The science of sleeping

1,924 Views Updated: 15 Mar 2018
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The science of sleeping

Sleep is defined as a reversible state of behavior with reduced responsiveness and interaction with the environment. Sleep has a role to play in the conservation of energy, detoxification processes, restorative functions, in learning and memory consolidation. 

The regulation of sleep is mediated by the interactions between homeostatic and circadian processes. Research indicates that inadequate sleep could lead to hypertension, diabetes, depression and early death. Lack of sleep may also be attributed to metabolic, hormonal and cognitive deficits. Insufficient sleep also affects memory, concentration, judgment and decision making.

Sleep and wakefulness are mutually exclusive behavioral states which occur in alternate cycles. Sleep and wakefulness have a circadian periodicity of about 24 hours. Circadian rhythms are endogenous and require an internal clock for its regulation. In mammalian systems, the Suprachiasmatic Nucleus (SCN) of the anterior hypothalamus functions as the internal clock. 

However, under normal circumstances, external cues called zeitgebers entrain the circadian rhythm in response to environmental conditions. Sunlight is a powerful timing cue in modulating the active phase of the circadian rhythm in some animals. Thus, most adult humans sleep at night when it is dark.


For the purpose of the study, sleep has been defined by the combination of behavioral observation and electrophysiological recording. There are at least three basic states of consciousness in mammals – Wakefulness, Rapid Eye Movement Sleep (REMS) and Non-REM sleep (NREMS). REMS is characterized by the periodic recurrence of rapid eye movements and a loss of muscle tone. 

The dramatic reduction in the amplitude of EEG waves during REMS closely resembles that of waking. Thus, REMS is also called as paradoxical sleep. Most of the dreams are associated with this stage of sleep. On the contrary, NREMS is characterized by a reduction in the physiological activity and an increase in the amplitude of EEG waves.

According to ancient historical records, Greek philosophers had speculated about the nature of sleep and conscious behavior. However, the event that marked the beginning of modern sleep research was the discovery of the human electroencephalogram (EEG), indicative of the electrical activity of the human brain.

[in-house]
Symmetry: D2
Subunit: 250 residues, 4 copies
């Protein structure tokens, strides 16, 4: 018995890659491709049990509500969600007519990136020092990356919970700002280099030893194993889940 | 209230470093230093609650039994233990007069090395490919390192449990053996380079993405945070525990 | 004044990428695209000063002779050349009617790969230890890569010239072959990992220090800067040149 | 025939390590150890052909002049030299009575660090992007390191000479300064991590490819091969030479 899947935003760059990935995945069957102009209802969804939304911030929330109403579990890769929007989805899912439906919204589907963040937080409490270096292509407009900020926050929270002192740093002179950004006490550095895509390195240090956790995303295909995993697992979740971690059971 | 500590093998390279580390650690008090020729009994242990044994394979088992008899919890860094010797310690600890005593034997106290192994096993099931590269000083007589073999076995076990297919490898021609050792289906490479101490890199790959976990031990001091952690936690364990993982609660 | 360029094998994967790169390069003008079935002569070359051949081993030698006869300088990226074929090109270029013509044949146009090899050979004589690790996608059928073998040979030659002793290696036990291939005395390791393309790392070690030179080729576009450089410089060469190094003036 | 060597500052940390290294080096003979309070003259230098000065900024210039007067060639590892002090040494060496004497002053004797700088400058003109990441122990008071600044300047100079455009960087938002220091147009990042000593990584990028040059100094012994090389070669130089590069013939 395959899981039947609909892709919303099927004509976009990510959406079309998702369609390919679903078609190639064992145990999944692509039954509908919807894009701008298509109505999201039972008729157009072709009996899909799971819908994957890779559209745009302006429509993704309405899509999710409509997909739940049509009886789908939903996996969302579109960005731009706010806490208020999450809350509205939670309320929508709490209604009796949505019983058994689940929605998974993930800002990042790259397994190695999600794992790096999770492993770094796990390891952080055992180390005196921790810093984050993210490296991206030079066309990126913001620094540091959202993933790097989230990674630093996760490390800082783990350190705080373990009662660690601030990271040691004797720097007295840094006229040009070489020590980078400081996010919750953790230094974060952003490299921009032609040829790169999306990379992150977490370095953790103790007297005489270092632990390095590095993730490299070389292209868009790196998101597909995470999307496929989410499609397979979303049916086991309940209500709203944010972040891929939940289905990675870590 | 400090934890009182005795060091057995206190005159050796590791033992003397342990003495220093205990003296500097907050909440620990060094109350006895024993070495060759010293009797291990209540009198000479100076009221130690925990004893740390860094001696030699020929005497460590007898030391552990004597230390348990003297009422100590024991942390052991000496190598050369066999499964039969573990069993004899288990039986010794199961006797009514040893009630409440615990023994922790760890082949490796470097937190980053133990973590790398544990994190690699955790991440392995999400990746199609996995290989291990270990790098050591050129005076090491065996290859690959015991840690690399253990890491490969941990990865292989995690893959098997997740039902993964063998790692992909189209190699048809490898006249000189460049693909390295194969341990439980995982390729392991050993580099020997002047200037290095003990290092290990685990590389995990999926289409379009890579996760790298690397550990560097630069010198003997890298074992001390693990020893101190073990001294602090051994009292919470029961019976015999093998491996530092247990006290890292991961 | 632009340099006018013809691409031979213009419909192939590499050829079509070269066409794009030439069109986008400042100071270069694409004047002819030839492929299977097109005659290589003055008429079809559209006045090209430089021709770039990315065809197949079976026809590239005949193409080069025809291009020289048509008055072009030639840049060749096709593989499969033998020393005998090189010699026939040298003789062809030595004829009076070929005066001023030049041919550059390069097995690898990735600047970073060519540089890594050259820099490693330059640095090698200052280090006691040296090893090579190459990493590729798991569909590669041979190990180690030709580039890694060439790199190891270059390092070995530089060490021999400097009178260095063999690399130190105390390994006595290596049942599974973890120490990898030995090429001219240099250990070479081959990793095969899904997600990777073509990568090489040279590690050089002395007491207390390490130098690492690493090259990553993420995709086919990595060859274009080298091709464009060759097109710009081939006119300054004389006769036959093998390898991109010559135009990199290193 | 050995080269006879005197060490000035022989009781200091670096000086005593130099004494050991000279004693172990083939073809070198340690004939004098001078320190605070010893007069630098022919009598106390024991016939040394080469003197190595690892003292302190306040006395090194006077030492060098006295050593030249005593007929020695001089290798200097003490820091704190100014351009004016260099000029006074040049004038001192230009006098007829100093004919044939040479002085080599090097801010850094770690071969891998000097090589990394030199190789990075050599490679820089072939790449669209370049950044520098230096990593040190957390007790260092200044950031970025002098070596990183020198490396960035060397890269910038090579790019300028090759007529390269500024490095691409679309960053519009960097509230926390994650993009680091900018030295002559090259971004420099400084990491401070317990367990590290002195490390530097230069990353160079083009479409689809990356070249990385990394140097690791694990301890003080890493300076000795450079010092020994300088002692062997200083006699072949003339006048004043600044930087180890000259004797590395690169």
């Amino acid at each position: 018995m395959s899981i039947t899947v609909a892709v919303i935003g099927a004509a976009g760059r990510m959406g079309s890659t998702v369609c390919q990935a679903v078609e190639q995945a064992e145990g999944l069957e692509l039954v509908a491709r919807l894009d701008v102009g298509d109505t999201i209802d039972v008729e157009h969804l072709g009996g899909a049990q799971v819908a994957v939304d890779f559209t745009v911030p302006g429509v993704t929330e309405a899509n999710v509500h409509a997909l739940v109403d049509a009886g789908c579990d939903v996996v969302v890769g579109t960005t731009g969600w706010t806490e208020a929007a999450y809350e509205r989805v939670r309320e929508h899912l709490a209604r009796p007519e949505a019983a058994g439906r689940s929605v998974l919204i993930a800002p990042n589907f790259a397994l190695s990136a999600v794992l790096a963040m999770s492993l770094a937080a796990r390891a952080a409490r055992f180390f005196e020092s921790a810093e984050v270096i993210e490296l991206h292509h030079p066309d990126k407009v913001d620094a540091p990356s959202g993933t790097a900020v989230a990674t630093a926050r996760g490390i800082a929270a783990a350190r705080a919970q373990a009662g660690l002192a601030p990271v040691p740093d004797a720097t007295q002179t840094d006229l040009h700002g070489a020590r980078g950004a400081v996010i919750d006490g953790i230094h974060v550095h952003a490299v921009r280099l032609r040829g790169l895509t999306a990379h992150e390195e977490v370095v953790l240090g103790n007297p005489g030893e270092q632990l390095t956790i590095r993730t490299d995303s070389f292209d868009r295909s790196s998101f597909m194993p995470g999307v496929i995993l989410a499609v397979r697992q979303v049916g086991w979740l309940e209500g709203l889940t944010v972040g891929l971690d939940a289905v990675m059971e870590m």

By identifying the cyclic pattern of REMS and NREMS by an overnight recording of the EEG and Electro-oculogram (EOG), electrical activity of the eye muscles, it was understood that during the night, 4-5 cycles of REMS occur. NREMS has thus been subdivided into four distinct stages ranging from the stage of lightest sleep to the stage of deepest sleep.



By EEG, EOG and Electromyogram (EMG) recording the electrical activity of muscles, sleep and wakefulness have been divided into the following stages:

•    Active wakefulness: In this stage, the subject is alert and physically active. The EEG pattern is desynchronized, the EMG is characterized by increased muscle tone and the EOG shows frequent and repeated eye movements.  

•    Quiet wakefulness: In this stage, the subject is awake and relaxed but calm. Thus, a predominantly desynchronized EEG pattern, a reduced muscle tone in the EMG and reduced eye movement in the EOG are recorded.

•    Slow Wave Sleep: This is the initial stage of sleep characterized by low-frequency EEG waves for nearly 50% of the recorded time. The EMG and EOG recordings indicate a reduced muscle tone and eye movement respectively.

•    Deep Sleep (DS): This is the deepest stage of sleep in which the EEG frequency is further reduced, EMG recordings imply a reduction in the muscle tone and very little or no eye movement occurs. Both SWS and DS together constitute NREMS.

•    REMS: The EEG resembles that of active wakefulness. REMS is represented by low frequency, high amplitude EEG, EMG, and EOG wave patterns.

                                                                                     

The neural regulation of sleep cycle is mediated by the interplay of neurotransmitters such as norepinephrine, serotonin, GABA, and dopamine. Primarily associated with various cognitive functions, these neural associations across different brain areas primarily nuclei in the pons, brain stem, and midbrain regulates the sleep-wake cycle. 

More often the neurotransmitters which are associated with an integral role in sleep regulation have also been implicated in behavioral disorders such as Attention Deficit Hyperactivity Disorder, neuropsychiatric conditions such as depression, neurodegenerative disorders such Alzheimer’s and aggression, anxiety and other biological parameters. 

Sleep is responsible for maintaining the homeostatic functions in the body and deficits associated with it may have severe consequences regarding neurological disorders and cognitive impairment. To keep the mind and body healthy, a sleep duration of about 8 to 9 hours is recommended to rejuvenate our biological systems and ensure our well-being.

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